Terry Grier (left) and David Layton (right) at the inauguration of the Jack Layton Book Club. PHOTO: CALVIN DAO

In memory of Jack Layton: Ryerson book club

In Arts & Life /

By Calvin Dao

Last Tuesday evening at the Ryerson Library Archives, students and NDP supporters gathered for the official inauguration of the Jack Layton Book Club. But very little time was spent talking about books.

Terry Grier, Ryerson’s president emeritus and the featured speaker for the event titled “Jack Layton:

From the Classroom to National Icon,” gave an emotional speech, remembering Layton’s career as an educator before he entered politics.

“I think that [Layton’s] unique touch was that people saw him as their friend,” said Grier to the small group of people who attended.

“He truly did give his life trying to build, in Canada, a society of friends. With enough time, he would have transformed Canadian politics,” said an emotional Grier after his one-and-a-half-hour summary of the politician’s life.

“That he died before he could do so is Canada’s tragedy.” Layton’s younger brother, David, was also present in the audience and showed his support for the book club.

“[Jack] loved this place so much,” said David, who kept things upbeat and lighthearted with a couple of jokes. “[And] I’m delighted you chose Jack’s books as opposed to some of his old lectures.”

The club was created by Jack Layton Chair and Ryerson politics professor, Myer Siemiatycki, after about 1,400 books and other published texts from the NDP leader’s personal collection were donated to the school last fall.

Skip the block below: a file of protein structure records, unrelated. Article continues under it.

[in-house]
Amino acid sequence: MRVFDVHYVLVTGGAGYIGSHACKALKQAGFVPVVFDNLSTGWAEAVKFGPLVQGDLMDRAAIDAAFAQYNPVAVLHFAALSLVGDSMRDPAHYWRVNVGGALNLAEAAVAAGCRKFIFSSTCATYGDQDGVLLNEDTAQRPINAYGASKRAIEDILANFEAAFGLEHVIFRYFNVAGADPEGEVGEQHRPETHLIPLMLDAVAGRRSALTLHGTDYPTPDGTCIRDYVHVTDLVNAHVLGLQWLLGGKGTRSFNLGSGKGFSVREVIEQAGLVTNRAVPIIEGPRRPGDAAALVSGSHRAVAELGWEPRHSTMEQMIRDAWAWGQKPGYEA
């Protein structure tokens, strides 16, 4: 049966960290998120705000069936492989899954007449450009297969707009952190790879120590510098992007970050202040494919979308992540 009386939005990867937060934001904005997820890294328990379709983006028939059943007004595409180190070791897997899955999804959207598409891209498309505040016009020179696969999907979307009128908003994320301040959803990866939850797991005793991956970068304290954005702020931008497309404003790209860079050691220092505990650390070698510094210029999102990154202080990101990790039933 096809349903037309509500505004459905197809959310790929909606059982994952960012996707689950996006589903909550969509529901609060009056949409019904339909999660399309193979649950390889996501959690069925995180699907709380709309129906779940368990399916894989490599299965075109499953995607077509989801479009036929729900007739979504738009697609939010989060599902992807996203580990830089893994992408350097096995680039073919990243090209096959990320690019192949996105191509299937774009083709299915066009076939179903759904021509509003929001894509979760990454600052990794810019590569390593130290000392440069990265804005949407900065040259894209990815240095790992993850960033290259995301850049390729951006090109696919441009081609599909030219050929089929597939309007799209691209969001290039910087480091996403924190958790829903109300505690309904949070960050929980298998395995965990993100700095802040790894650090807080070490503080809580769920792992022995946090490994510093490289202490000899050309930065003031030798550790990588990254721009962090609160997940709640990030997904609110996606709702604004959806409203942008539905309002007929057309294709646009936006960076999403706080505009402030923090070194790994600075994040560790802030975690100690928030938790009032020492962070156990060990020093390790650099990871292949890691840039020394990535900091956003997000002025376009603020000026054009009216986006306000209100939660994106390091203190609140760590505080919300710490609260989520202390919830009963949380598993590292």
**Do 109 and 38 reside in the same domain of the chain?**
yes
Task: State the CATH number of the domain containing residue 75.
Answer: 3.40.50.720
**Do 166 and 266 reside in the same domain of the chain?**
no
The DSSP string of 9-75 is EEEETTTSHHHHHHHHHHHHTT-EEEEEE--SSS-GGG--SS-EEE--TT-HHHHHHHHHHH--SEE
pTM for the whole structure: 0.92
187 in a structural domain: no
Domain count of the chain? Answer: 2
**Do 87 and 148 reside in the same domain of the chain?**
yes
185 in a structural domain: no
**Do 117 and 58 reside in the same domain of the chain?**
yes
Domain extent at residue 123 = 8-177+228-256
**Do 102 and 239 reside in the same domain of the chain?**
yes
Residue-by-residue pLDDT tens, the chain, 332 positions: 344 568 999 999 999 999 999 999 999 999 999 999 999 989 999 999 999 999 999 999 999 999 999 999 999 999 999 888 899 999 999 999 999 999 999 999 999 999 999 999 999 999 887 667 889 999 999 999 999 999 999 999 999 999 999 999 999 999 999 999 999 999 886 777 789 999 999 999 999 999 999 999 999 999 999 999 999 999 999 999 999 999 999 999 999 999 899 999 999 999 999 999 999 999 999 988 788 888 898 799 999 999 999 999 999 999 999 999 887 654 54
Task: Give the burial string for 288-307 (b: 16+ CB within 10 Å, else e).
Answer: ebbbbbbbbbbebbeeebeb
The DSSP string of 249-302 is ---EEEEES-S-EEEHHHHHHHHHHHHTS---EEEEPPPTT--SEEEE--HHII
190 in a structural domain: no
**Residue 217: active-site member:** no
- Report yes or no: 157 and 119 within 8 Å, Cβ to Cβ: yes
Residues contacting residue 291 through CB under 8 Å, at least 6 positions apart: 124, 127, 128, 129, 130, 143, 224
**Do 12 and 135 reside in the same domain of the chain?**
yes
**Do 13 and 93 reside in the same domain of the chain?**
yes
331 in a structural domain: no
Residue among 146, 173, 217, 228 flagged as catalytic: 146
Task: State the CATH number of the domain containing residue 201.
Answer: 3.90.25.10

“He was inspiring, charismatic, smart and totally dedicated to his students,” said Siemiatycki. “Jack had a real affection and commitment to Ryerson. [He] conveyed to Ryerson students that they could have an impact on the world… [His] connections to Ryerson are deep and significant.”

Siemiatycki hosted the event and shared his experiences working with Layton when they both taught politics back in the 1970s and 80s.

Although only two books were briefly mentioned during the event – The Pattern of Politics by Charles Taylor, a textbook Layton used in one of the courses when he taught at Ryerson, and Love, Hope and

Optimism by James L. Turk and Charis Wahl, a biography about him that was published a year after his death – the collection also includes Layton’s copy of Marx’s Concept of Man by Erich Fromm (about the economist Karl Marx). The book is currently on display in the Ryerson Archives, alongside a few of Layton’s plaques, posters and personal photos.

Notes written on the margins of the books’ pages read “increased wages” and “equality of incomes,” alluding to his political agenda.

The club will hold two more meetings on March 28 and April 10, featuring philosophy professor Alex Wellington and English professor Jason Boyd (respectively) as speakers.

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